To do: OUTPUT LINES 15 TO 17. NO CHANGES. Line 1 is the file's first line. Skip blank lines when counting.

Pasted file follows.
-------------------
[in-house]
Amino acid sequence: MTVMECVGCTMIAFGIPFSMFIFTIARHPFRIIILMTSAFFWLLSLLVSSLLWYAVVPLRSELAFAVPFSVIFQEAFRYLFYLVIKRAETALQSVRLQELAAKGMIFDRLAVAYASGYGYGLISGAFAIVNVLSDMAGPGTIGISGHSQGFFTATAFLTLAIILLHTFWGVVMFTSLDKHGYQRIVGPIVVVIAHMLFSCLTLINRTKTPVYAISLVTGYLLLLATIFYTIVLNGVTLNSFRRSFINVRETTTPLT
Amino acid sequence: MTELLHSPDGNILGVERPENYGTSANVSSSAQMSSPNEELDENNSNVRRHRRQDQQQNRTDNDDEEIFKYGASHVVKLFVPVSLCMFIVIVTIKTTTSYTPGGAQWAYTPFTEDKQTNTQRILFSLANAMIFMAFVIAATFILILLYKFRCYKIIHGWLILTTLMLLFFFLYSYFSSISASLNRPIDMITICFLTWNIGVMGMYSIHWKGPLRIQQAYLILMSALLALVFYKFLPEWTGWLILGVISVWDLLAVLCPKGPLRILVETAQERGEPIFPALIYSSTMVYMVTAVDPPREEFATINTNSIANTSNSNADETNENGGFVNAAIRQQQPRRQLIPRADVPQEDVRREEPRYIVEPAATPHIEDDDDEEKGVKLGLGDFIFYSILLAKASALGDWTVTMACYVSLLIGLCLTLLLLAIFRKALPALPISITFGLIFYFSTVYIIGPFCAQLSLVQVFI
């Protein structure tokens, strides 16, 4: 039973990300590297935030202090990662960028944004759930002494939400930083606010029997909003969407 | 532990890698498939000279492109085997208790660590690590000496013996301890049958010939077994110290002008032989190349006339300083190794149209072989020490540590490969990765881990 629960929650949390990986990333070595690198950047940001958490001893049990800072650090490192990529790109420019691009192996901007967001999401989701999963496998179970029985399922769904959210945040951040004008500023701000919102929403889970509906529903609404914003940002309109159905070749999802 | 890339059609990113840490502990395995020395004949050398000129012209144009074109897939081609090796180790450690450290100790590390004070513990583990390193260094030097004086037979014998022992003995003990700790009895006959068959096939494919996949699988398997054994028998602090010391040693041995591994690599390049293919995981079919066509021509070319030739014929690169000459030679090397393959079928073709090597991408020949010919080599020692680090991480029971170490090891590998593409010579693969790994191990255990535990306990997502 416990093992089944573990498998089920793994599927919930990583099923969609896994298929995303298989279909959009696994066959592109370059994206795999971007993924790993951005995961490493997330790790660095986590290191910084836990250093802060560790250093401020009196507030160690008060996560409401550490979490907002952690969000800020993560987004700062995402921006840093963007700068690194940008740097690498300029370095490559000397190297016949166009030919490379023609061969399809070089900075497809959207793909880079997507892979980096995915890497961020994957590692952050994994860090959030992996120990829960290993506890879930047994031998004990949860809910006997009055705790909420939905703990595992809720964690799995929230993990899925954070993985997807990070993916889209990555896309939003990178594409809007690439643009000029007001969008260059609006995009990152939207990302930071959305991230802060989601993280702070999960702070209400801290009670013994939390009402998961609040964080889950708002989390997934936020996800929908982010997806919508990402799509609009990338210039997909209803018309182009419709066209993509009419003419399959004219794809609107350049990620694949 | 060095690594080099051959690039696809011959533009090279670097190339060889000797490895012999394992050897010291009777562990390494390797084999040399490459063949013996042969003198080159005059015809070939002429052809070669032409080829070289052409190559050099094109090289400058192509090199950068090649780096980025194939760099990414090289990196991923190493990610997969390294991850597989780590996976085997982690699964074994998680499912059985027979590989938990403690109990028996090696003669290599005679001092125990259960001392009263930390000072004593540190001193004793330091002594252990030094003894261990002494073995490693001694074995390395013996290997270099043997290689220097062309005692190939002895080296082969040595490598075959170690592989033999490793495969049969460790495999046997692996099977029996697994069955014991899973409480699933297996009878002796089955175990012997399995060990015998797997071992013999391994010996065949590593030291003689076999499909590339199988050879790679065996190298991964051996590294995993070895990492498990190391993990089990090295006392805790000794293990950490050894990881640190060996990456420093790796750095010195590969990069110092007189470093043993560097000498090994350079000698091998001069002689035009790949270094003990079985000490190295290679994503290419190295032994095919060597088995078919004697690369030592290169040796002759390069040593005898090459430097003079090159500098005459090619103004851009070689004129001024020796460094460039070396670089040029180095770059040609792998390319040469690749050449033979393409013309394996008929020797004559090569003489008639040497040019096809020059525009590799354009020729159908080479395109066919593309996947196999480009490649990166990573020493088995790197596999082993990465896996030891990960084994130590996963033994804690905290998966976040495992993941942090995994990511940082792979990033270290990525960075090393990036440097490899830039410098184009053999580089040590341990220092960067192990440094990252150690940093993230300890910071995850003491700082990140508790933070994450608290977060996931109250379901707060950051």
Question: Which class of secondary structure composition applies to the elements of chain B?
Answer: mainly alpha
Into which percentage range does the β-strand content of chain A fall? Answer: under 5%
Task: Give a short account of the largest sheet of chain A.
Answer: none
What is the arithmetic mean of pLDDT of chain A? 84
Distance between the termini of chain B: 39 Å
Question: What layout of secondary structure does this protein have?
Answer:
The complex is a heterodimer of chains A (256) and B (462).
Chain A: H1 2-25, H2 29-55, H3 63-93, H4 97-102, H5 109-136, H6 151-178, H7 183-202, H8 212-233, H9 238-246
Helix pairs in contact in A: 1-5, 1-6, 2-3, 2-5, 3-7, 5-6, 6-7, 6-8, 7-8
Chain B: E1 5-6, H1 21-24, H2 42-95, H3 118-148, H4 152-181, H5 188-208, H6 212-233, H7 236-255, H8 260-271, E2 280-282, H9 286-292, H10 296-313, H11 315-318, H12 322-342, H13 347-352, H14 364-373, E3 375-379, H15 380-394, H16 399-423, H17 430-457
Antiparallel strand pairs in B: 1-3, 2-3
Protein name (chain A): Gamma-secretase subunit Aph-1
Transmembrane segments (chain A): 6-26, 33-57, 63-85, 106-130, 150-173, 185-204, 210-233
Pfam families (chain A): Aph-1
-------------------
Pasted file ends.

Chain A: H1 2-25, H2 29-55, H3 63-93, H4 97-102, H5 109-136, H6 151-178, H7 183-202, H8 212-233, H9 238-246
Helix pairs in contact in A: 1-5, 1-6, 2-3, 2-5, 3-7, 5-6, 6-7, 6-8, 7-8
Chain B: E1 5-6, H1 21-24, H2 42-95, H3 118-148, H4 152-181, H5 188-208, H6 212-233, H7 236-255, H8 260-271, E2 280-282, H9 286-292, H10 296-313, H11 315-318, H12 322-342, H13 347-352, H14 364-373, E3 375-379, H15 380-394, H16 399-423, H17 430-457